In present day English, the word “limb” maintains its principle meaning of bodily extremities from human, animal, or non-human subjects, such as trees. The Oxford English Dictionary lists the earliest use of “limb” – sense 2, as “A part or member of an animal body distinct from the head or the trunk” – from the Blickling Homilies, c. 971: “Þa clænan leomu þære halgan fæmnan.”
As in the Blicking Homilies reference above, the Old English (OE) lim reflects extended body parts such as arms, legs, fingers, toes, and the head as well as tree branches. Latin glosses in OE sources use membra. From the Bosworth-Toller Old English Dictionary:
- OE, lim, n., often found in its plural form, leomu
- It is possible that the OE, lim, shares a root with the OE, liman, v., “to emit rays” (The verb has a secondary meaning “to join”).
In Middle English, the term lim has several connotations beyond distinctive parts of the body. The term often evoked membership to the body of Christ. See Middle English membre. This synonymous relationship between lim and membre also grafted onto genitalia (see connotations on reproduction below). Like the OE lim, Middle English lim may conjure the image of tree branches, too. From the Middle English Dictionary:
- Middle English, lim, n. Also lime, limme, lẹ̄me, leime, and leome.
- Any distinctive constituent part or organ of the body, a member.
- (a) One of the extremities of a human or animal body excluding the head; a leg, foot, arm, hand, wing, etc.; a limb; (b) a leg of man or animal; (c) a hand; (d) one of the sexual parts of man or woman; pl.genitalia; ~ broke, affected with scrotal hernia, ruptured.
- In phrases: (a) ech (a) ~, in every part of the body, all over; lippe and ~, ~ and hed, all parts of the body; peine of ~ and lond, penalty of mutilation and loss of land; (b) bothe in lith and ~, bothe) ~ and lith, bothe) lith and ~, everi ~ and lith, in (of) ~ and lith, in (of) lith and ~, lith nor ~, nother lith nor ~, with ~ and lith[see lithn. (1) (f)]; fro lith to ~ [see lith n. (1) (a)]; (c) ~ from ~, limb from limb; heuen (renden, tolithen) ~ from other, to cut or tear one limb from another; riven (toriven) ~ from ~, dismember (sb.); drauen (renden) ~ from (for) ~, fig. dismember God or Christ with oaths on parts of the body; (d) lif and ~, ~ and lif [see lif n. 1c. (d)].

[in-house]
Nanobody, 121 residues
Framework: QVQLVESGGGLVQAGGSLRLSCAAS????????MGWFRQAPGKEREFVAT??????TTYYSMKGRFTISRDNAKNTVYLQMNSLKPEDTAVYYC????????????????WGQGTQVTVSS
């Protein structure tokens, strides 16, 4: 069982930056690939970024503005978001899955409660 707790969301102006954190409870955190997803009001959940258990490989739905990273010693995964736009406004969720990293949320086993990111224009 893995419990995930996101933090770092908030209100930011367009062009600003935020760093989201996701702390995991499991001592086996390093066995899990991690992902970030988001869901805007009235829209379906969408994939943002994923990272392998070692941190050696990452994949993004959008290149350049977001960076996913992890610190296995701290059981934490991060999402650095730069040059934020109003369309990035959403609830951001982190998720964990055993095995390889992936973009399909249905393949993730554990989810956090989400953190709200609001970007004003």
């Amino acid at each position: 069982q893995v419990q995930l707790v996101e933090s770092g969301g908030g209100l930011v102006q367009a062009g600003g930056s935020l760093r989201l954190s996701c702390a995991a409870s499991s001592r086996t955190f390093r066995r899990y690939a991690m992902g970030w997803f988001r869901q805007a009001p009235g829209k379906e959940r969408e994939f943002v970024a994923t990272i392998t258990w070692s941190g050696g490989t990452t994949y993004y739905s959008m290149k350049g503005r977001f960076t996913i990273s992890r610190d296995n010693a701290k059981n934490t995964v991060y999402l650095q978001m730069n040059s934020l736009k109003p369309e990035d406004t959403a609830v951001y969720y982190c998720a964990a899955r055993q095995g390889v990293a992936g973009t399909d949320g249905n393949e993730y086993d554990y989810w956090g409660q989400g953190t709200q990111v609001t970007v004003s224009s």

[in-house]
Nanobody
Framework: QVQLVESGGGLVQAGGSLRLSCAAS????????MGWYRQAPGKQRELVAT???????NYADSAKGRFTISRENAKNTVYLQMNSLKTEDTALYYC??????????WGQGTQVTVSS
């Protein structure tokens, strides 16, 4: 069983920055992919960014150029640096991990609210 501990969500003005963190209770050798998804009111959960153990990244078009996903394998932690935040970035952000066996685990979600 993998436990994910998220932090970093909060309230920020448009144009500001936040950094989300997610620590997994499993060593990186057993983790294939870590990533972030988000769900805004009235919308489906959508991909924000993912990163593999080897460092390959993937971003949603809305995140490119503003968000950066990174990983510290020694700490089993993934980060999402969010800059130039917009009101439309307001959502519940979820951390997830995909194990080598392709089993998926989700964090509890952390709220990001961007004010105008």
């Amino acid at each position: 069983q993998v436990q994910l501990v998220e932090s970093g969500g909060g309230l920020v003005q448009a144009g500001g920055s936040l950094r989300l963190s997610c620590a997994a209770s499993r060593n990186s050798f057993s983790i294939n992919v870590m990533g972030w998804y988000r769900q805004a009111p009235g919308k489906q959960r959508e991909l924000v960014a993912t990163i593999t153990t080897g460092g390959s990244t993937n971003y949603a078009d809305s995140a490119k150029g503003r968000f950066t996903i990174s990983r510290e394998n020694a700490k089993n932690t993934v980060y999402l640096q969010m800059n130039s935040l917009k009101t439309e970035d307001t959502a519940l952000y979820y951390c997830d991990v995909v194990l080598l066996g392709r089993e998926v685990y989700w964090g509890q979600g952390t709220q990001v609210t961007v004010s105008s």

- (a) A Christian or good man considered as a member of the body of Christ; cristes ~, ~ of crist (holi chirche, the regne of god); also, by analogy, a follower or agent of the devil, a heathen, a sinner; antecristes ~, develes ~, fendes ~, ~ of satanas (antecrist, the fend); (b) a social dependent, a liegeman; (c) hores ~, a follower of whores; theves ~, a member of the thieving fraternity.
- Miscel. senses: (a) a branch or part of a subject of discourse; (b) a sea that flows into the ocean, an arm of the sea; (c) a projecting corner of a siege tower.
- Related to Middle English lim:
- Middle English, limbe, n. from Old French, limbe and Latin limbus
- The graduated edge or border of an equatorie; (b) the land bordering a river; (c) = limbo, q.v.; helles ~; ~ of fadres, the limbus patrum.
- Middle English, lom(e, from Old English, loma
- An implement or tool, a loom for weaving, figuratively, a weapon, a penis
- In its entry on “limb, 1” Etymonline writes that “the unetymological –b in limb began to appear late 1500s for no etymological reason” but may have been influenced by the word’s cognate limp, v. “to move with a jerky step.” In Middle English, lympen means “to fall short,” and modern German lampen means “to hang limp” (Middle High German limphin). The connection between limb and limp may be from an old Proto Indo-European root that meant “to hang loosely” (see Sanskrit lambate “hangs down” and Middle High German lampen “to hang down”).
- See also OE limpan, v. “to befall, happen”
- Middle English, limbe, n. from Old French, limbe and Latin limbus
Latin: The Latin terms membra and limbus gloss the Middle English lim and limbe respectively.
Old Norse: The Old Norse (ON) limr conveyed both human limbs (for instance in the common ON idiom halda lífi ok limum, “to have life and limb”) and joints of meat.
Old/Early Scots: The Old Scots lim or lym refers to organs or parts of the human or animal body as well as a joint of meat. For instance, The Brus reads, “Bot off lymmys he wes weill maid, / With banys gret & schuldrys braid” (l. 385).
German: Glied, “member,” “joint,” “limb,” “link,” “penis”
Old Frisian: lith, “limb”
Gothic: liþus, “limb”
For many medieval Christians, the symbolic weight of the limb was bound up in the Christological division of the body. Christ acted as the head of the Christian community’s body, while all good Christians made up the members, or limbs, of the body. Perhaps most influentially, the First Epistle of St. Paul to the Corinthians outlines the membered body analogy as it relates to the body of the Church. St. Paul analogizes a community of faith through the image of the body:
sicut enim corpus unum est et membra habet multa omnia autem membra corporis cum sint multa unum corpus sunt ita et Christus etenim in uno Spiritu omnes nos in unum corpus baptizati sumus sive Iudaei sive gentiles sive servi sive liberi et omnes unum Spiritum potati sumus nam et corpus non est unum membrum sed multa. Si dixerit pes quoniam non sum manus non sum de corpore non ideo non est de corpore et si dixerit auris quia non sum oculus non sum de corpore si totum corpus oculus ubi auditus si totum auditus ubi odoratus nunc autem posuit Deus membra unumquodque eorum in corpore sicut voluit quod si essent omnia unum membrum ubi corpus nunc autem multa quidem membra unum autem corpus